For many years it has been assumed that loss of the protective effects of estrogen was responsible for the greater risk of heart attacks and dying in postmenopausal women. A 2011 publication in the British Medical Journal by researchers at Johns Hopkins questions the validity of this assumption. Let's look at why this is.
Number of Deaths Did Not Increase beyond Those Expected from Aging
The investigators examined changes with age in the mortality rates from coronary heart disease (CHD) using census data. They drew from census years 1950 to 2000 for men and women born between 1916 and 1945 in England, Wales, and the United States. Rather than showing an abrupt rise after the menopause, CHD mortality rates in women progressed at a constant rate as they aged. Stated another way, female CHD mortality rates did not increase beyond the expected numbers from aging. The authors of the study believe that “the cells of the heart and arteries are aging like every other tissue in the body, and that is why we see more and more heart attacks every year as women age.”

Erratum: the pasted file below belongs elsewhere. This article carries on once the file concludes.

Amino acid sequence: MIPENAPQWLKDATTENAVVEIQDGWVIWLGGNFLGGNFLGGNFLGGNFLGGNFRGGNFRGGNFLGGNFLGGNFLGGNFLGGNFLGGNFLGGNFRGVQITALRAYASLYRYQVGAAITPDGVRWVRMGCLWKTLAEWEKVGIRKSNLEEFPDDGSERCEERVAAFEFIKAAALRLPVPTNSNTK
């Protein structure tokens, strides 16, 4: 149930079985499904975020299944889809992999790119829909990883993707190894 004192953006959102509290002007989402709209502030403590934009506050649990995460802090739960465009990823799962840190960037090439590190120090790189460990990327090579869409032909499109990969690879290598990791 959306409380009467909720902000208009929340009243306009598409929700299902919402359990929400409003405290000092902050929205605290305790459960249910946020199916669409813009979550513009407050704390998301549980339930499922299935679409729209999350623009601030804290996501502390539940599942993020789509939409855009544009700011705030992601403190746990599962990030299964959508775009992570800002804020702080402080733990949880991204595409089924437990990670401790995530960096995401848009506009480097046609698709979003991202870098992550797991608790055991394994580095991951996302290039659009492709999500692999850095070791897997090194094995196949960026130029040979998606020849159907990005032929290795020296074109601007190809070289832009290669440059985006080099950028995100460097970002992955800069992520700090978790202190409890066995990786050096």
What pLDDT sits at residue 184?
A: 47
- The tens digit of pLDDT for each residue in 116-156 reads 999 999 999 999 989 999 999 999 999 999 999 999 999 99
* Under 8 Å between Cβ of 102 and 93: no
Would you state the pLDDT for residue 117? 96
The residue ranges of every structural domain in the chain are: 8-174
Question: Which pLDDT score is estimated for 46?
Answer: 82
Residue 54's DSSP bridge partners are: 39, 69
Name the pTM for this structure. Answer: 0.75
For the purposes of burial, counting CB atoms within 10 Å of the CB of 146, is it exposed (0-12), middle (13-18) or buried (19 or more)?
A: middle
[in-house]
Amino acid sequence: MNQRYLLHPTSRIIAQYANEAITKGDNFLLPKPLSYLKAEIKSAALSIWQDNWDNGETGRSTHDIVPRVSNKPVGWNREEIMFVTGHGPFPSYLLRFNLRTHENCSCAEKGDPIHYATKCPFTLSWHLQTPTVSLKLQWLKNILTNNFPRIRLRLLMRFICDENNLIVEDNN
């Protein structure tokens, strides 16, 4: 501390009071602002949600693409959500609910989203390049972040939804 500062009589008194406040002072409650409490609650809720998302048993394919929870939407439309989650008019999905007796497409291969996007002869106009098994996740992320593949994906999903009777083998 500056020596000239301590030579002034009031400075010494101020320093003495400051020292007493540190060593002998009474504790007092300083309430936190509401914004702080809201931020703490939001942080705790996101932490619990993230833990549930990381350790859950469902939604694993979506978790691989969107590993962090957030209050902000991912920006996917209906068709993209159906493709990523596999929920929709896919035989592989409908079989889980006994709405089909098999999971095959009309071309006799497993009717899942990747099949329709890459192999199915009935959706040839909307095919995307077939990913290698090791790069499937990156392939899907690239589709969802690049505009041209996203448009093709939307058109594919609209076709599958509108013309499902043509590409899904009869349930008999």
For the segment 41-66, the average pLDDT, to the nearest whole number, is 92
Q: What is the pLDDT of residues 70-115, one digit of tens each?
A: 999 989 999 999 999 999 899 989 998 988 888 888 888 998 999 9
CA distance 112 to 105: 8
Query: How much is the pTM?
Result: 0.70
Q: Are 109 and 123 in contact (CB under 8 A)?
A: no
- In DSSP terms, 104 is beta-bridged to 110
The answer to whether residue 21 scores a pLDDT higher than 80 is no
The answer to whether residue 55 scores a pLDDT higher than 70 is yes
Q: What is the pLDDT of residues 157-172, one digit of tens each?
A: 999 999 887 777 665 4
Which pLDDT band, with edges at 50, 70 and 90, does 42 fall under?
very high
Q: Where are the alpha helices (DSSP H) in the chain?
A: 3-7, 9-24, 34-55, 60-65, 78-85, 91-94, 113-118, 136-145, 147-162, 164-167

Other Findings of the Study
The findings also raised questions regarding the long held belief that the lack of estrogen in young men was responsible for their higher mortality from CHD compared with young women.
In addition, the results showed lower lifetime mortality from CHD among both men and women born in later years, coinciding with other evidence for an overall decline in deaths from CHD over time. Such findings reinforce the value of preventive care through lifestyle measures and medications as well as better treatment of CHD.
Failure of Estrogen Replacement in Postmenopausal Women to Protect Against CHD
The study results are also consistent with the trials which showed that postmenopausal hormone replacement did not diminish mortality from CHD.
Take Home Message
It’s most important for women to recognize that CHD, not breast cancer, is their greatest health threat. Moreover, it is clear that preventive measures are effective for women as well as men.